Thanks for the Unicorns — Childs Work Childs Play
Thanks for the Unicorns

Thanks for the Unicorns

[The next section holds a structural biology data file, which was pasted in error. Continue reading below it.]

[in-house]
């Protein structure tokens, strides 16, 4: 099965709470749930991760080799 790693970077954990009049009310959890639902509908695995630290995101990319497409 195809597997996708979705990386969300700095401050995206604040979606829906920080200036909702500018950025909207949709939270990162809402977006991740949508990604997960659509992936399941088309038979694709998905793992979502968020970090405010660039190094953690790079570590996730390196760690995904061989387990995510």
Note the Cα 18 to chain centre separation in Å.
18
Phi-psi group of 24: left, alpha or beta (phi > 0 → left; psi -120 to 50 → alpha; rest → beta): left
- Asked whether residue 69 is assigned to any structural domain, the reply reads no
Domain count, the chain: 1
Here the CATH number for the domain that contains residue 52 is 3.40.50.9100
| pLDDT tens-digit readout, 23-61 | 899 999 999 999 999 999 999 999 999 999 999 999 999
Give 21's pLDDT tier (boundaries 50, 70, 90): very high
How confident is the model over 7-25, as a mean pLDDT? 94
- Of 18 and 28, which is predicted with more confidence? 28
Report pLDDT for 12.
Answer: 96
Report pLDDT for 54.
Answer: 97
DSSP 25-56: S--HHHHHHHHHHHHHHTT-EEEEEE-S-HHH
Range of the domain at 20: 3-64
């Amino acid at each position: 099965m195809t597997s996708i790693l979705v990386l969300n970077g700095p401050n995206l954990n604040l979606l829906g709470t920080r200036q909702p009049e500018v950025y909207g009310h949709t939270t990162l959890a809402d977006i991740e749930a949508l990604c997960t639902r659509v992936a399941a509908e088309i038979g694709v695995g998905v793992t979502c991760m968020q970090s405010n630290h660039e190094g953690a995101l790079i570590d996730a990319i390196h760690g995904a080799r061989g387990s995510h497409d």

My older daughter Emma is sitting on the couch intently watching the television. It's a half hour or so before I have to drive her and her sister over to the bus stop to wait. My younger daughter Lily is orbiting her, also watching the television. I don't remember what show it was, but something they both watch. (Translation: anything ON the television will entrance Emma, who will stare open-mouthed without blinking for periods of time that seem physically impossible, while Lily will only watch about a dozen or so different programs, so it was one of the dozen or so.) I am in the kitchen making coffee for the next day so we don't have to do it at night. I finish up, rinsing off my hands before drying them on a towel and joining the two kids in the family room. Lily has climbed the couch and is sitting next to her sister. She has draped one leg over her sister's leg. The other leg she kicks back and forth over the edge idly. She is intent upon the screen. This is rare, this closeness. It is virtually never found when sought. It is on Lily's terms or not at all; it is the proverbial pearl beyond price. I glance up at Emma, seemingly still staring heedless and in thrall to "Victorious" or "Good Luck Charlie" and say, "Hey Em, what uh...what's going on over there?" I gesture at Lily's form draped casually over her. Emma does not glance up, does not move a muscle, and quietly says simply, "Shhhh." There is no disrespect, only the unspoken warning, "Please do not scare away the unicorn." I know this feeling so well. If I breathe, if I shift, if I scratch an itch, this tender, tenuous butterfly of familial intimacy will start and flutter away, and who knows when it will light once more. I make no sudden moves but smoothly reach into my pocket to extract my phone, stabbing the camera app into life. I slowly raise the phone and begin taking pictures. She won't pose, this fey little elf, so cameras must be drawn quickly and pictures fired like bullets from an AK-47. Capturing images of her as she snuggles often produces results akin to other captured cryptids, blurred and out of focus, a unicorn in flight, Bigfoot stomping away through the forest, Nessie surfacing...too quick for focus. I get Emma's attention and call to Lily, attempting to get smiles from both of them. I take a few dozen. Of those maybe three or four are "decent". [caption id="attachment_2245" align="aligncenter" width="131"] Set shutter speed to Warp 1[/caption] Lily's big sister is the primary recipient of this sort of snuggling, and Emma understands the gift. I tell her again anyway, wanting to reinforce how special she is, how special the attention is. But all of us treasure the rare hugs, clutched fingers, or neck clings. All of us hold our breath, still our movements, don't...make...a sound... And then, just as quickly it's over, and Lily is back on the floor, orbiting, her fingers fidgeting, still happy, but happy in space, a whirling dervish once more. We are left with the happy memory, perhaps a captured photo, and a warm feeling of gratitude that the unexpected touch from the unicorn's horn, no matter how brief, is always magical, always a blessing. [caption id="attachment_2251" align="aligncenter" width="300"] Happy Hugs[/caption]
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